Sumlin has recruited the personnel and already employed the schemes and plays needed to overcome any weakness on the offensive line.
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The Penn State Nittany Lions will have several holes to fill in 2013 on both sides of the ball—most notably, replacing quarterback Matt McGloin, who led the Nittany Lions last season and made them the No. 2 passing offense in the Big Ten.
There will no doubt be an adjustment period on offense, that means that the defense, especially early on, is going to have to step up and lead in 2013.
Though there will be several starters returning on offense, one has to think that the team could struggle early on with an inexperienced signal-caller. This year's team will take the field with a new leader at quarterback. Top recruit Christian Hackenberg, junior college transfer Tyler Ferguson and 2012 backup Steven Bench will all be vying to be named the starter.
Whoever gets the job, there are sure to be growing pains as the offense evolves throughout the season. Bench is the only one with Division I experience, though he threw just eight passes in 2012. It takes time to learn the speed of the college game, develop a relationship with the receivers and to gain a knack for reading defenses.
The production that Penn State can expect from the quarterback position in 2013 is unknown and hard to predict. The Nittany Lions will likely rely heavily on the running game in order to take pressure off the passing attack.
The running game struggled in 2012, meaning that the play of McGloin was even more important to the success of the team. Even with the emergence of running back Zack Zwinak last season, the Nittany Lions ranked ninth in the Big Ten, averaging just 144.3 rushing yards per game.
Defenses will key on the backs, making the Nittany Lions beat them through the air.
While it may take a few games for the offense to gel in 2013, the defense is going to have to take a lead role. A solid defensive performance can keep any team in a game, regardless of any offensive struggles.
Although the unit will have to make up for the losses of Jordan Hill, Sean Stanley, Stephon Morris, Michael Mauti and Gerald Hodges, it will still be solid. Despite the key losses, Penn State still returns seven guys who started last year, including Big Ten Freshman of the Year, defensive end Deion Barnes.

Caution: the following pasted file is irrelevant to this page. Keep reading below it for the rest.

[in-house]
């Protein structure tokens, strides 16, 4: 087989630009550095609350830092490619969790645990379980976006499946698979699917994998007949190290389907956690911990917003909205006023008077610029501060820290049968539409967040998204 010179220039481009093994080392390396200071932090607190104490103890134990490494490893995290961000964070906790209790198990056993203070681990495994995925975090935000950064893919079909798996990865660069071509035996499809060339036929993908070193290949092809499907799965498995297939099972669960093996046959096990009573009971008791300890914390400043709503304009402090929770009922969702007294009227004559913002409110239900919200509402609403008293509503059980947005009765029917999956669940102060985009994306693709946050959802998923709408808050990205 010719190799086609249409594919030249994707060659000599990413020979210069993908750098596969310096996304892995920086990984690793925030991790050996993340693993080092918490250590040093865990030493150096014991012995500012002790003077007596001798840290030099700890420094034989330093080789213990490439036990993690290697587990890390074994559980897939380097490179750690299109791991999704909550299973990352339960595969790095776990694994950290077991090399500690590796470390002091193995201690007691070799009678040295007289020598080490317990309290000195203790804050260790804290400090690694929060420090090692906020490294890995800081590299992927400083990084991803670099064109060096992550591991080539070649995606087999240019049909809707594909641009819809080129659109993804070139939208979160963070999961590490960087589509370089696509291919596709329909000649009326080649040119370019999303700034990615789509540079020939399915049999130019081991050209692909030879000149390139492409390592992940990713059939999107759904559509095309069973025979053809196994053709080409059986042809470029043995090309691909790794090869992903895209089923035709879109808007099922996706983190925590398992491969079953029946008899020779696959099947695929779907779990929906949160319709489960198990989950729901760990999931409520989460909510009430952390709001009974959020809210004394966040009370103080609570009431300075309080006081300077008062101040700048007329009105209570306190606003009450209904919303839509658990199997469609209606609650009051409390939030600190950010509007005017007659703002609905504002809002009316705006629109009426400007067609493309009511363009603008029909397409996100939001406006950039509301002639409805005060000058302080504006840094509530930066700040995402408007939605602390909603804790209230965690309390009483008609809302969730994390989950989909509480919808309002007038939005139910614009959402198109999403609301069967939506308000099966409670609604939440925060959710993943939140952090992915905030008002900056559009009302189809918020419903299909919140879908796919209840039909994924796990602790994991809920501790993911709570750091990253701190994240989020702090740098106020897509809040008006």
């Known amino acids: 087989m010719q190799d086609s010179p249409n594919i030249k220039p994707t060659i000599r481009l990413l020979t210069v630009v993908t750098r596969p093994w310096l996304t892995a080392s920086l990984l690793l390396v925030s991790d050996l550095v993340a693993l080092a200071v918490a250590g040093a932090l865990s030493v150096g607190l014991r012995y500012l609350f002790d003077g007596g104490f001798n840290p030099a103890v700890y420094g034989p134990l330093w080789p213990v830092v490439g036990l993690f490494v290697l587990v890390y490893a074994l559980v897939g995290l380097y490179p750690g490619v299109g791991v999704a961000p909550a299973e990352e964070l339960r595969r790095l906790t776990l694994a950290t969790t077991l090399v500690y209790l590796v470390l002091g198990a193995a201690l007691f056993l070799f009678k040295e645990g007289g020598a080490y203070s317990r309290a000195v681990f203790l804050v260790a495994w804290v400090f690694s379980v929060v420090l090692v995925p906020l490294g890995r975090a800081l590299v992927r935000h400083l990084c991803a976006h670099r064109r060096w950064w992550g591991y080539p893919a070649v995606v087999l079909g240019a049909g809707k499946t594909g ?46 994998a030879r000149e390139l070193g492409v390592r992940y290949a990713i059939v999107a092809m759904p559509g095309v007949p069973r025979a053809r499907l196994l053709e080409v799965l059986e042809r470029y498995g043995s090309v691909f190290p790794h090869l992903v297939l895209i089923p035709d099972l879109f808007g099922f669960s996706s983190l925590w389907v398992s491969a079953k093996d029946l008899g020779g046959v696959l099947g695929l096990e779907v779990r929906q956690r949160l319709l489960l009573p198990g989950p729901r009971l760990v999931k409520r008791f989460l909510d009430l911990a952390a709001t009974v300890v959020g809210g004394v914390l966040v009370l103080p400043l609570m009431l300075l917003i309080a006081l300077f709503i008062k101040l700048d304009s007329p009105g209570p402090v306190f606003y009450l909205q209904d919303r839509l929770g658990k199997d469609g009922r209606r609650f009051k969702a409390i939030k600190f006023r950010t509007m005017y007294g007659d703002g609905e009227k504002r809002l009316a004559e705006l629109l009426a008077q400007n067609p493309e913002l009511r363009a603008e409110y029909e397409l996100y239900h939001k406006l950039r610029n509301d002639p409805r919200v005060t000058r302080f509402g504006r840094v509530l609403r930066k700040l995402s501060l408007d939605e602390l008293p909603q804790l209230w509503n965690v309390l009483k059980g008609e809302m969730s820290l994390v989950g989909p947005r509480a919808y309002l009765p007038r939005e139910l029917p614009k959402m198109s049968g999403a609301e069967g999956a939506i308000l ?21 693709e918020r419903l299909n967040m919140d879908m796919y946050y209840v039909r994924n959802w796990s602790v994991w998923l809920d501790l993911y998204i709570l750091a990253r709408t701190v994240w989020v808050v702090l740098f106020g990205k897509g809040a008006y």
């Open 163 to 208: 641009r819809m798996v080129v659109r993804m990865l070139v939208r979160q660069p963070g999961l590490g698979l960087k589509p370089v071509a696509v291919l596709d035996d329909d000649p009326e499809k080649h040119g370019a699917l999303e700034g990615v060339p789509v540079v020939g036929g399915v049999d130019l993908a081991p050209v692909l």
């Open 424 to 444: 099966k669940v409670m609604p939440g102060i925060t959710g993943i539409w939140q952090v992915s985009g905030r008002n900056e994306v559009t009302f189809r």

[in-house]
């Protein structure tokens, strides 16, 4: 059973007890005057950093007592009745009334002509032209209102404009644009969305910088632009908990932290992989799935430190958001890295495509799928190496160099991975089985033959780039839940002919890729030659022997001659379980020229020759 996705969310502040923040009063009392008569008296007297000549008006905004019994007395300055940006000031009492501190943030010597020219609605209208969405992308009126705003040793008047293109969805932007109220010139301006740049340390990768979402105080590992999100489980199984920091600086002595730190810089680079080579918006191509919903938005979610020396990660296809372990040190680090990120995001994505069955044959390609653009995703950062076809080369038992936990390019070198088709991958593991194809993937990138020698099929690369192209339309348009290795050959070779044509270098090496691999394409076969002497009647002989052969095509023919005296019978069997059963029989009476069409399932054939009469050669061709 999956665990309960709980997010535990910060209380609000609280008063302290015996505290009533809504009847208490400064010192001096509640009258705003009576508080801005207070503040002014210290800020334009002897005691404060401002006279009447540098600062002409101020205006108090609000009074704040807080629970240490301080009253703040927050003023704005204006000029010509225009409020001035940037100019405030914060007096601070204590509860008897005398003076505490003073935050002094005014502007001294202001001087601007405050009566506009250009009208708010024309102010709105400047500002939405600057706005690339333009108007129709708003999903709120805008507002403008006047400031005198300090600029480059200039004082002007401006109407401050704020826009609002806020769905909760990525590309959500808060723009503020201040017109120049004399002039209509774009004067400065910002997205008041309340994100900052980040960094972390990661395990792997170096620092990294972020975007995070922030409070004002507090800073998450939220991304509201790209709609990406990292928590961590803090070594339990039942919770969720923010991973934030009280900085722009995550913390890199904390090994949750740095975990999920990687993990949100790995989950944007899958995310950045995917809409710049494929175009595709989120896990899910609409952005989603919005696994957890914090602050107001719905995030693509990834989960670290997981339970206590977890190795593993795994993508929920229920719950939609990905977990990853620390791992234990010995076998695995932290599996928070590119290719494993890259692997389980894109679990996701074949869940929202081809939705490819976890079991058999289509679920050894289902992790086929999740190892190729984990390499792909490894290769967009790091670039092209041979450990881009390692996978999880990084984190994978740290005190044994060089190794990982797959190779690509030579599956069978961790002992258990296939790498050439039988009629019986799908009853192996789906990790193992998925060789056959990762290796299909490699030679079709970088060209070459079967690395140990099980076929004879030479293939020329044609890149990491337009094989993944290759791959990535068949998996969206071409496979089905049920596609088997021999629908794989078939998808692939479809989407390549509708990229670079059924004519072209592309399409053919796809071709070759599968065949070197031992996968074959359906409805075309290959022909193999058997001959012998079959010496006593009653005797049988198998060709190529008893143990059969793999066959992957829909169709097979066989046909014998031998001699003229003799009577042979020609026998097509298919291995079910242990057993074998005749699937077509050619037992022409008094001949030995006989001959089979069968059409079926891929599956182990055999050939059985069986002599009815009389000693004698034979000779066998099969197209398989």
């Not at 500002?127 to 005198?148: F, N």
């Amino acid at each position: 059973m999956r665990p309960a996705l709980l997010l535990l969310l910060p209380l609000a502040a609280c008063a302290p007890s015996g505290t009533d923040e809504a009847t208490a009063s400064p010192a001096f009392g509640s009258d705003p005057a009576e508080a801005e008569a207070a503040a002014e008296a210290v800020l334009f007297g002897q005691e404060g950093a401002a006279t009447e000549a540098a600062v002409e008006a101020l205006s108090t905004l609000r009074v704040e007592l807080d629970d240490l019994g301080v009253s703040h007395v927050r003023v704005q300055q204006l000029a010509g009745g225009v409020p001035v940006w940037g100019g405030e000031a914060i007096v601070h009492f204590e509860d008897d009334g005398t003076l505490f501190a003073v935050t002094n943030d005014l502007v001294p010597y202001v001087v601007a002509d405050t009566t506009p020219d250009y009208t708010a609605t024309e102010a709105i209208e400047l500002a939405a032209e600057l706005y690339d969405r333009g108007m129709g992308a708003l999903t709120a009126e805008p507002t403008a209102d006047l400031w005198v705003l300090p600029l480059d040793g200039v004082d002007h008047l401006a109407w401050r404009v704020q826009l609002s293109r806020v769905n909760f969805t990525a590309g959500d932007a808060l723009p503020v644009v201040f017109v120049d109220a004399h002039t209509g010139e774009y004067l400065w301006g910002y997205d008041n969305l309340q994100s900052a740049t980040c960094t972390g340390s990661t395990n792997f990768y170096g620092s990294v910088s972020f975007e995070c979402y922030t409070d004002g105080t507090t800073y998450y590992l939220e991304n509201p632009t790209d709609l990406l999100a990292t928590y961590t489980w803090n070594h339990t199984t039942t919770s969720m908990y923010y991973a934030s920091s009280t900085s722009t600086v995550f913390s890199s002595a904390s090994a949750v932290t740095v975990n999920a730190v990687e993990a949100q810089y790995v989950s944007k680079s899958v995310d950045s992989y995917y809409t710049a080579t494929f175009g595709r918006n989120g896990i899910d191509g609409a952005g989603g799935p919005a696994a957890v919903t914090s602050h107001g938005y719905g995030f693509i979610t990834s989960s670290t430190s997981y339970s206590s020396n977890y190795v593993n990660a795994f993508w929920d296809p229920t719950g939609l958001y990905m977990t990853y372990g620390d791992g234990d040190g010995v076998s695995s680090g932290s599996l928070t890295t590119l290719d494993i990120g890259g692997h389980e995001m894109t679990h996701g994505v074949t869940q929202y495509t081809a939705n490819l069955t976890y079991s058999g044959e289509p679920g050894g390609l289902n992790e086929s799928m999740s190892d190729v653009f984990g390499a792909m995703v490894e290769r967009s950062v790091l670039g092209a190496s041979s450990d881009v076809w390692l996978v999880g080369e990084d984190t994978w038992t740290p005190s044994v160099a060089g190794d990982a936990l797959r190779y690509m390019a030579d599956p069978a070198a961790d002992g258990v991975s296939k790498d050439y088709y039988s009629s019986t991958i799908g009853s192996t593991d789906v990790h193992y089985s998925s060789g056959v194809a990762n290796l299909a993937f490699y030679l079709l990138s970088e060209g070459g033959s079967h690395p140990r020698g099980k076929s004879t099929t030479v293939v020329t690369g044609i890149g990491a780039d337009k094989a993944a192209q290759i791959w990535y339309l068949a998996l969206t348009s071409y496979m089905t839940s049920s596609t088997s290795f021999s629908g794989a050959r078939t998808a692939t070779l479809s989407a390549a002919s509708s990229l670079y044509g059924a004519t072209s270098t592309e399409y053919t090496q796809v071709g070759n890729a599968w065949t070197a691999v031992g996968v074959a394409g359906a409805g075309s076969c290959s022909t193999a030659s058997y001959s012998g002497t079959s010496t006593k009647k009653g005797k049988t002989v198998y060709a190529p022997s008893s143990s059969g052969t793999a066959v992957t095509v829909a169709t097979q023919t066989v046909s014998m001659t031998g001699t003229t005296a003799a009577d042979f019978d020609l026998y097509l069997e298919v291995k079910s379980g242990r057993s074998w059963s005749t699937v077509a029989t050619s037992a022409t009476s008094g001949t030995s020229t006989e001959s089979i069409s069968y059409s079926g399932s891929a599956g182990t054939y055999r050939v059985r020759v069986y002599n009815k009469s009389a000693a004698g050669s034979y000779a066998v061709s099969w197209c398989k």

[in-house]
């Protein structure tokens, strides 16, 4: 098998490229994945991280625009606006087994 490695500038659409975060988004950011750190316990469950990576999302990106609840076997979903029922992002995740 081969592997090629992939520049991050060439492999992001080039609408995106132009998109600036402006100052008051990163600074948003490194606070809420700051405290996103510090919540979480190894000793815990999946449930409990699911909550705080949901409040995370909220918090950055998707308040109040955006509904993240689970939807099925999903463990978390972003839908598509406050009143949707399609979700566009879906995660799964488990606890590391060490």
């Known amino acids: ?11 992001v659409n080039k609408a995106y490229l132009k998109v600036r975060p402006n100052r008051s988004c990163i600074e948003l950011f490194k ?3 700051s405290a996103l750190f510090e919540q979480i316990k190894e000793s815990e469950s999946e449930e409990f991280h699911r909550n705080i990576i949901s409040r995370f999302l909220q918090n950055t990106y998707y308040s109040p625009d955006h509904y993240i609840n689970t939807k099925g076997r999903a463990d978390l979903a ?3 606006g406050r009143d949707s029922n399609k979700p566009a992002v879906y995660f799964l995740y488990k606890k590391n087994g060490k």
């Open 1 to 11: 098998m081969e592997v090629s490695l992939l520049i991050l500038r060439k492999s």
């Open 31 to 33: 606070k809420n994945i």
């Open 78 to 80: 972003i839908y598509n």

The secondary, which will return three regular starters, should be the strongest piece of the defense. Adrian Amos, Malcolm Willis and Stephen Obeng-Agyapong all bring valuable experience that will be relied on heavily in 2013.
Barnes and Da'Quan Jones, who both started last year, will anchor the defensive line. Starting middle linebacker Glenn Carson and the talented Mike Hull will be the core of the linebackers.
Fans should not expect to see the same Penn State offense as last season right away. Yes, a lot of the faces will be the same, but it's going to take time for the new quarterback to get everything clicking.
While the offense will be in a learning mode, the defense will be the backbone of the 2013 Penn State Nittany Lions.
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After a few days to let the recruiting dust settle and amidst much speculation, the final destination for Trinity High School (Lousiville, KY) defensive end Jason Hatcher remains as murky as ever.
Hatcher, who decommitted from USC last week, was set to visit Florida and hometown Louisville as he attempted to ascertain where he would spend his college career.